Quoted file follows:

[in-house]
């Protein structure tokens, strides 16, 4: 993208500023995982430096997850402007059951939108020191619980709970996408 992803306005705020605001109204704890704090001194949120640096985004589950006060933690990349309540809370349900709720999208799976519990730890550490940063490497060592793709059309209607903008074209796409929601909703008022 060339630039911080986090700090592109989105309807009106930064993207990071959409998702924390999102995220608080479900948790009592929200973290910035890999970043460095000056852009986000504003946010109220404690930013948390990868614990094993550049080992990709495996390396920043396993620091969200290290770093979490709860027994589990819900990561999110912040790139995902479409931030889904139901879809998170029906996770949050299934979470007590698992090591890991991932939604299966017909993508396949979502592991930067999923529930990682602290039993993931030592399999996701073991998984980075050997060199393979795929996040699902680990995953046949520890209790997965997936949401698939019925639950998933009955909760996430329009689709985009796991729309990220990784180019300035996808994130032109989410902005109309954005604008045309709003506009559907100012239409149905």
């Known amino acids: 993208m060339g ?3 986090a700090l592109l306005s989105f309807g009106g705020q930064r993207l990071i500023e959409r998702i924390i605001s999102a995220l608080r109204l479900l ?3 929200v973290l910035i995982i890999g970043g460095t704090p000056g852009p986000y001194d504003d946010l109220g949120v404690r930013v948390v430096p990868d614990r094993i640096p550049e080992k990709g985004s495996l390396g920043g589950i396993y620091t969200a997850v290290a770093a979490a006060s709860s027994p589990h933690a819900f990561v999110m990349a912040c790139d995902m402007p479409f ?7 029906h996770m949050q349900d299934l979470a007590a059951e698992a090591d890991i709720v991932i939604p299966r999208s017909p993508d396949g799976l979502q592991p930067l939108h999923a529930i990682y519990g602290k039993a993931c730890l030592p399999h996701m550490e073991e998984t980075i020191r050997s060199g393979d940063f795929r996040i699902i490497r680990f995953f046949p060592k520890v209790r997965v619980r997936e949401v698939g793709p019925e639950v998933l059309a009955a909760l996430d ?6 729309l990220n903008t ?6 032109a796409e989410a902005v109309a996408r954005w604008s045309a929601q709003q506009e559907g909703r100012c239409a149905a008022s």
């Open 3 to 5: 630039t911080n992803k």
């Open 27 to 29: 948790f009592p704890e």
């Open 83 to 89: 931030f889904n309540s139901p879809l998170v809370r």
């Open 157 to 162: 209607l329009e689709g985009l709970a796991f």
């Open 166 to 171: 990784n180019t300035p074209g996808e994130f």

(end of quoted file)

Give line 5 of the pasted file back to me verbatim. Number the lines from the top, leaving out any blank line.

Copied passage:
């Open 27 to 29: 948790f009592p704890e």